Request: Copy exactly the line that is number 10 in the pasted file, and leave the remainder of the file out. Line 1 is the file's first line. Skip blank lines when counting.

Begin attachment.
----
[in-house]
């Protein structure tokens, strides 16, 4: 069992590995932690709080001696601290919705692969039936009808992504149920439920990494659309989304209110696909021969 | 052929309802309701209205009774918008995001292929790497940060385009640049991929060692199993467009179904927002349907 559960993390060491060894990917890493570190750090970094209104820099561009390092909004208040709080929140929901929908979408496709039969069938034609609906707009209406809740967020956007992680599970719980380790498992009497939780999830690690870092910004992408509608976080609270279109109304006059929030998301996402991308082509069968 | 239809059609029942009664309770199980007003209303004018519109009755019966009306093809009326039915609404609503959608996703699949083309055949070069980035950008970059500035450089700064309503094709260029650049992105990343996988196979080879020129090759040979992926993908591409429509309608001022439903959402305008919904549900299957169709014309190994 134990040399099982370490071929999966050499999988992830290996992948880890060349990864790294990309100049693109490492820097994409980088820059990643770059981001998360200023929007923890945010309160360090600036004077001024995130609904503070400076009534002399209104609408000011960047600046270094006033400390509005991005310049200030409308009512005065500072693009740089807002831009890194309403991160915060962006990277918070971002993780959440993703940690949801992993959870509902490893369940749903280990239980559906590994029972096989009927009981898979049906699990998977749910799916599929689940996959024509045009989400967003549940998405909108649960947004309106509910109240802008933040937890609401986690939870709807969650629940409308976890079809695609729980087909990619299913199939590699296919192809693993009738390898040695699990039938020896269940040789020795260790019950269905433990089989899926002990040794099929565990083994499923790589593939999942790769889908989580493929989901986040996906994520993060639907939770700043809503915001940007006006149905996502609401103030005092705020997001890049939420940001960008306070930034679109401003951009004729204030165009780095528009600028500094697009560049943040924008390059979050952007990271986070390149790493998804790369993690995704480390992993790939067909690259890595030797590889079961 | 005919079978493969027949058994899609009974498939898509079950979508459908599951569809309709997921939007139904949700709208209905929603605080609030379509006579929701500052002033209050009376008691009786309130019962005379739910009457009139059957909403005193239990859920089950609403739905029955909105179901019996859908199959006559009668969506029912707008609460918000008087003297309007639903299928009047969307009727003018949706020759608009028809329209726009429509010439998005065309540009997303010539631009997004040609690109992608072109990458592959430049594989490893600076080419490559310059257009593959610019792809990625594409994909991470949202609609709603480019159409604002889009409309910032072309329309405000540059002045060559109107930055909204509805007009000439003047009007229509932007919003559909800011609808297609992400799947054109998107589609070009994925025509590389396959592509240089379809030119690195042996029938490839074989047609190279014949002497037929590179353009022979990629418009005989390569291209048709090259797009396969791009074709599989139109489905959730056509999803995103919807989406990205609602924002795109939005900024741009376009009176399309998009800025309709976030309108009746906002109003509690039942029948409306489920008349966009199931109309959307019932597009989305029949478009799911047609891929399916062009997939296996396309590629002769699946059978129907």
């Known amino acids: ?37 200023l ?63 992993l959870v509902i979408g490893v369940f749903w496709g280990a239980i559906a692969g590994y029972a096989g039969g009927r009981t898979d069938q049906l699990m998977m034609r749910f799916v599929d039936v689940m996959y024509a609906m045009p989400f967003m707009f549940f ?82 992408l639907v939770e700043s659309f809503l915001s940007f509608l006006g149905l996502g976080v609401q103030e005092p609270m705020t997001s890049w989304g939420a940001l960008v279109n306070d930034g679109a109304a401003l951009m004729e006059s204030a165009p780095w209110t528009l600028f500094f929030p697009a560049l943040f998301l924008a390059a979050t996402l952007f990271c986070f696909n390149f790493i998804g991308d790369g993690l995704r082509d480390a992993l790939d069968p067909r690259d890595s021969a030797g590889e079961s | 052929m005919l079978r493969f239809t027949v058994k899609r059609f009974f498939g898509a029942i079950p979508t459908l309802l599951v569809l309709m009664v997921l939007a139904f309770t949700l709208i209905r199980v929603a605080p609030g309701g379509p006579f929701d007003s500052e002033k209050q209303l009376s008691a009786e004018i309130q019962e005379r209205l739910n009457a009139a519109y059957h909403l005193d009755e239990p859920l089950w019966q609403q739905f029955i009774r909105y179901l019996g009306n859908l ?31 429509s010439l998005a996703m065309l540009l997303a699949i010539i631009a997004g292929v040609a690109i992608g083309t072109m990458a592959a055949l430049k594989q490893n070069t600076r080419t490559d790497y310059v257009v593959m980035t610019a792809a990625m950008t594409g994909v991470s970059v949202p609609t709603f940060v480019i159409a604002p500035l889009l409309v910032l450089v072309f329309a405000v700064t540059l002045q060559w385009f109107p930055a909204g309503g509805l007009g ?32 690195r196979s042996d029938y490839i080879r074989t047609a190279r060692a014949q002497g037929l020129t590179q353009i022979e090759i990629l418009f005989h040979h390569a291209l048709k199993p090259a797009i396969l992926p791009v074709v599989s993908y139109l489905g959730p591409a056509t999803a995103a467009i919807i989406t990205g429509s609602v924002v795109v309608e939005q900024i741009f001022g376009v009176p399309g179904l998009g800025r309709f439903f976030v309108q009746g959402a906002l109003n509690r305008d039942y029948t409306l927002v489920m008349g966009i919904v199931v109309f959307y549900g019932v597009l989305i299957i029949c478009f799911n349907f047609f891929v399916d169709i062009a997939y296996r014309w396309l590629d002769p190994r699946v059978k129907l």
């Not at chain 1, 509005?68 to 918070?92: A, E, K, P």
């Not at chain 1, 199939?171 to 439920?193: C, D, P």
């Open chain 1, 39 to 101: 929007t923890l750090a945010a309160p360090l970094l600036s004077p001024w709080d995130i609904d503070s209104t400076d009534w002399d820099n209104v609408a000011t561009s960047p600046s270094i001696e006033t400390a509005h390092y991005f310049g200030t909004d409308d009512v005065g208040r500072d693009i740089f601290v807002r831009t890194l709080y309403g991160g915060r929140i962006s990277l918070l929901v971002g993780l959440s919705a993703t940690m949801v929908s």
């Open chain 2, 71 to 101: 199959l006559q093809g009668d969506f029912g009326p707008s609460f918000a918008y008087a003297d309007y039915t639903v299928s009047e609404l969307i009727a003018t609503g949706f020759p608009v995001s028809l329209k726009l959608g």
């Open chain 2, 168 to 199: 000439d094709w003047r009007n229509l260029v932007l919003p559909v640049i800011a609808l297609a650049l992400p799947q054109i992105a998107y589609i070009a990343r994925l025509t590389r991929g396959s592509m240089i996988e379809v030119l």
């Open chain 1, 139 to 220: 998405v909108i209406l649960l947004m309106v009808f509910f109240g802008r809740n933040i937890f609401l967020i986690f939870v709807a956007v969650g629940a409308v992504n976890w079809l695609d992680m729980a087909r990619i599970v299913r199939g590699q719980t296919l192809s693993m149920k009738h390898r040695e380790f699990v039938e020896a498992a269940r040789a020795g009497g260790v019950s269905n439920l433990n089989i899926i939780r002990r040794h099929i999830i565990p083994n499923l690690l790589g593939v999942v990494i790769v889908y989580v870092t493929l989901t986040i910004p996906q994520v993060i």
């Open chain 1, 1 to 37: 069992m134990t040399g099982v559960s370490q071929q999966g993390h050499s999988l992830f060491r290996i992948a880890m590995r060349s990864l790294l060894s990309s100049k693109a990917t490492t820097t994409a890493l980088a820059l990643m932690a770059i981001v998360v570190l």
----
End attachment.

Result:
């Open chain 1, 1 to 37: 069992m134990t040399g099982v559960s370490q071929q999966g993390h050499s999988l992830f060491r290996i992948a880890m590995r060349s990864l790294l060894s990309s100049k693109a990917t490492t820097t994409a890493l980088a820059l990643m932690a770059i981001v998360v570190l």